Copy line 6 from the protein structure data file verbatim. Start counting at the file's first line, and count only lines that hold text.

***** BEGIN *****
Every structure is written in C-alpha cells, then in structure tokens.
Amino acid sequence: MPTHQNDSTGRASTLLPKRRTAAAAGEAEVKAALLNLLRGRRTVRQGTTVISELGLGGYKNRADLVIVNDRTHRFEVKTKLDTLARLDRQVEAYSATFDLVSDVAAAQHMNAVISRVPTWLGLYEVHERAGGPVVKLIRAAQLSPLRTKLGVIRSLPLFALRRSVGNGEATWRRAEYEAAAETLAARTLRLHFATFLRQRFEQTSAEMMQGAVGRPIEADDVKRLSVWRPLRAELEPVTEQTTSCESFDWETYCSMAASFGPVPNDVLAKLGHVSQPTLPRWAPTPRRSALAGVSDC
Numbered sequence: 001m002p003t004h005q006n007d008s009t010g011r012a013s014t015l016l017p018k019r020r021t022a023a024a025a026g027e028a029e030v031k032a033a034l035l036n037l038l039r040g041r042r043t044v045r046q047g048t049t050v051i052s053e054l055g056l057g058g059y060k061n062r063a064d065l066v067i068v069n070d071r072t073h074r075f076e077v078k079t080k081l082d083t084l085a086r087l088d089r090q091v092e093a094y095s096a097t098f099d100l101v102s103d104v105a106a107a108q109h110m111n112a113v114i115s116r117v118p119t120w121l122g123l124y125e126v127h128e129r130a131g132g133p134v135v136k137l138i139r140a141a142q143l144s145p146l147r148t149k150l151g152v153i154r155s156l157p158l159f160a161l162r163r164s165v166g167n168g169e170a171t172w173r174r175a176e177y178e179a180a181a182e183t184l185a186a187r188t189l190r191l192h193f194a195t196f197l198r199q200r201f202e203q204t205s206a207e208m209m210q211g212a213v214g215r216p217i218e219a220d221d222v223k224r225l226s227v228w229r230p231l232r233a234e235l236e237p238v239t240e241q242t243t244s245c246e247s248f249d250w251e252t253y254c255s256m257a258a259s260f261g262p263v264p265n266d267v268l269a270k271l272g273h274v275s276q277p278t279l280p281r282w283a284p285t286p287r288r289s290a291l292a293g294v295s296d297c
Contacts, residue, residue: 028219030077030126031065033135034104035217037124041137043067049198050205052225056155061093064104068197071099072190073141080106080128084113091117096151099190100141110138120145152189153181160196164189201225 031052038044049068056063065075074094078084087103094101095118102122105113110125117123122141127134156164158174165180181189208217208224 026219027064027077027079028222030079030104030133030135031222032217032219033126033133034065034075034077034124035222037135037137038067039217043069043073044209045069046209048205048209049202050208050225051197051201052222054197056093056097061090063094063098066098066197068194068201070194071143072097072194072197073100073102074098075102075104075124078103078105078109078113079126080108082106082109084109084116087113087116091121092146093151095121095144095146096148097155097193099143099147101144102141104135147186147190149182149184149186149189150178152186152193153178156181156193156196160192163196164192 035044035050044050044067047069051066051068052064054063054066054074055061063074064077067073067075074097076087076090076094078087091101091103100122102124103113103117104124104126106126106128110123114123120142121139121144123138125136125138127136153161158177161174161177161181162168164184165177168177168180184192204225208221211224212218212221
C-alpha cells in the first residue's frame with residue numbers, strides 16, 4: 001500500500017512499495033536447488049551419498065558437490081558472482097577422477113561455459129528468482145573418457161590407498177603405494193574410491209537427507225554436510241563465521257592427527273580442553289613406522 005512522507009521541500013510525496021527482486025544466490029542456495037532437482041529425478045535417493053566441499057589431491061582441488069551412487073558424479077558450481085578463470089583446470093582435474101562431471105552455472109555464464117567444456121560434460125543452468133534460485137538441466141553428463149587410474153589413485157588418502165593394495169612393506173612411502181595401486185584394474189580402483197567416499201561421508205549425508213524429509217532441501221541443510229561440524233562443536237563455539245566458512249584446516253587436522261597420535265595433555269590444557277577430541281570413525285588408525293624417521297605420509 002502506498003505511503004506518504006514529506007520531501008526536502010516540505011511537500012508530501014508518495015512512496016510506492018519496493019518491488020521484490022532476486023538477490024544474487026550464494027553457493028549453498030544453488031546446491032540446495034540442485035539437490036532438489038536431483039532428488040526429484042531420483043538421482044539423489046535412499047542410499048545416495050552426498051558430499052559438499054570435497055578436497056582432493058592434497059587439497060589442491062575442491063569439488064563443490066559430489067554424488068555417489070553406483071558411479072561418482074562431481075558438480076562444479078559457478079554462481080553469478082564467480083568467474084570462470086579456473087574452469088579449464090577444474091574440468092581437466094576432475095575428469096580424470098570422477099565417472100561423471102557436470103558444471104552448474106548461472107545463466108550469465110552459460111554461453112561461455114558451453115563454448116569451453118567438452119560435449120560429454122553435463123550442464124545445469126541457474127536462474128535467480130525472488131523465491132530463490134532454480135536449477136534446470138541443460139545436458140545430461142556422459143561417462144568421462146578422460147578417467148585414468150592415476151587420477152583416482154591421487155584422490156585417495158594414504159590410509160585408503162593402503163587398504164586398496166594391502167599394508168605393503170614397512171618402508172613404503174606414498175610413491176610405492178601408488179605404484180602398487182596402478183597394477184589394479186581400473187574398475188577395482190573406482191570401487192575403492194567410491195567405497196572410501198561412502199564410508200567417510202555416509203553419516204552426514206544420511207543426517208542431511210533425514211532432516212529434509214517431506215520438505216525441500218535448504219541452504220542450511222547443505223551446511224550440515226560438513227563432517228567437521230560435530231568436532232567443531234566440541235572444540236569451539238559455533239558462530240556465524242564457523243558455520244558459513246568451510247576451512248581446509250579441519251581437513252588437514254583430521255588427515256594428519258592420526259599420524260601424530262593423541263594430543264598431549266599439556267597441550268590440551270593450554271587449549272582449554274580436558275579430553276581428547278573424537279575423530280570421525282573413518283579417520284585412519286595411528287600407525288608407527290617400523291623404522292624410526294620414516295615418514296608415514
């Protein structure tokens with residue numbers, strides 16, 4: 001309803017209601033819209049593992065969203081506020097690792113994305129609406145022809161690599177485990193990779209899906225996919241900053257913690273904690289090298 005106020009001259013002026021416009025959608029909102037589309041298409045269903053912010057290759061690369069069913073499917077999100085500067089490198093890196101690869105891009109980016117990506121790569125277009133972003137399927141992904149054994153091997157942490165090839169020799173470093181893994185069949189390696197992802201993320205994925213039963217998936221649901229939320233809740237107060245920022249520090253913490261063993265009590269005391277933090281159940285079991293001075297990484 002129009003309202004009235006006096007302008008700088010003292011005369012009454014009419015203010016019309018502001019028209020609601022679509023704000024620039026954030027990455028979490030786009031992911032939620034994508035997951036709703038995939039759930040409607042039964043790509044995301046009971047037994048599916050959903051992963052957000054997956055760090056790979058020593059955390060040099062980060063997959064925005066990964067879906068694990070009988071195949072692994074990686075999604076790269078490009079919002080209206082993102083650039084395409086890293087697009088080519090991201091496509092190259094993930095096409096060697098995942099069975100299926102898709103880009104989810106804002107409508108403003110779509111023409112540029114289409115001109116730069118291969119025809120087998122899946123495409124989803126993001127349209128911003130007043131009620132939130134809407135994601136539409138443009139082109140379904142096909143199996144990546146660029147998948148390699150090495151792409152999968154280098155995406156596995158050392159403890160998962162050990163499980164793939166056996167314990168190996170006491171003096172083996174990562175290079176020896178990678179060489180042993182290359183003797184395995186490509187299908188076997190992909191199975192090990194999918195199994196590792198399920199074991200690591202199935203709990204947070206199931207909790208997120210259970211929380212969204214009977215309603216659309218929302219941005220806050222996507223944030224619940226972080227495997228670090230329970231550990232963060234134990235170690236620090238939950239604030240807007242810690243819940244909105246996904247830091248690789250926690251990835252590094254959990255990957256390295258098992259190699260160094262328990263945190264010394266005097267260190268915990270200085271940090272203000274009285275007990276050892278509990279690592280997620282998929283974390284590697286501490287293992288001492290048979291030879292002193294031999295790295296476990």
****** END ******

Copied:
């Protein structure tokens with residue numbers, strides 16, 4: 001309803017209601033819209049593992065969203081506020097690792113994305129609406145022809161690599177485990193990779209899906225996919241900053257913690273904690289090298 005106020009001259013002026021416009025959608029909102037589309041298409045269903053912010057290759061690369069069913073499917077999100085500067089490198093890196101690869105891009109980016117990506121790569125277009133972003137399927141992904149054994153091997157942490165090839169020799173470093181893994185069949189390696197992802201993320205994925213039963217998936221649901229939320233809740237107060245920022249520090253913490261063993265009590269005391277933090281159940285079991293001075297990484 002129009003309202004009235006006096007302008008700088010003292011005369012009454014009419015203010016019309018502001019028209020609601022679509023704000024620039026954030027990455028979490030786009031992911032939620034994508035997951036709703038995939039759930040409607042039964043790509044995301046009971047037994048599916050959903051992963052957000054997956055760090056790979058020593059955390060040099062980060063997959064925005066990964067879906068694990070009988071195949072692994074990686075999604076790269078490009079919002080209206082993102083650039084395409086890293087697009088080519090991201091496509092190259094993930095096409096060697098995942099069975100299926102898709103880009104989810106804002107409508108403003110779509111023409112540029114289409115001109116730069118291969119025809120087998122899946123495409124989803126993001127349209128911003130007043131009620132939130134809407135994601136539409138443009139082109140379904142096909143199996144990546146660029147998948148390699150090495151792409152999968154280098155995406156596995158050392159403890160998962162050990163499980164793939166056996167314990168190996170006491171003096172083996174990562175290079176020896178990678179060489180042993182290359183003797184395995186490509187299908188076997190992909191199975192090990194999918195199994196590792198399920199074991200690591202199935203709990204947070206199931207909790208997120210259970211929380212969204214009977215309603216659309218929302219941005220806050222996507223944030224619940226972080227495997228670090230329970231550990232963060234134990235170690236620090238939950239604030240807007242810690243819940244909105246996904247830091248690789250926690251990835252590094254959990255990957256390295258098992259190699260160094262328990263945190264010394266005097267260190268915990270200085271940090272203000274009285275007990276050892278509990279690592280997620282998929283974390284590697286501490287293992288001492290048979291030879292002193294031999295790295296476990």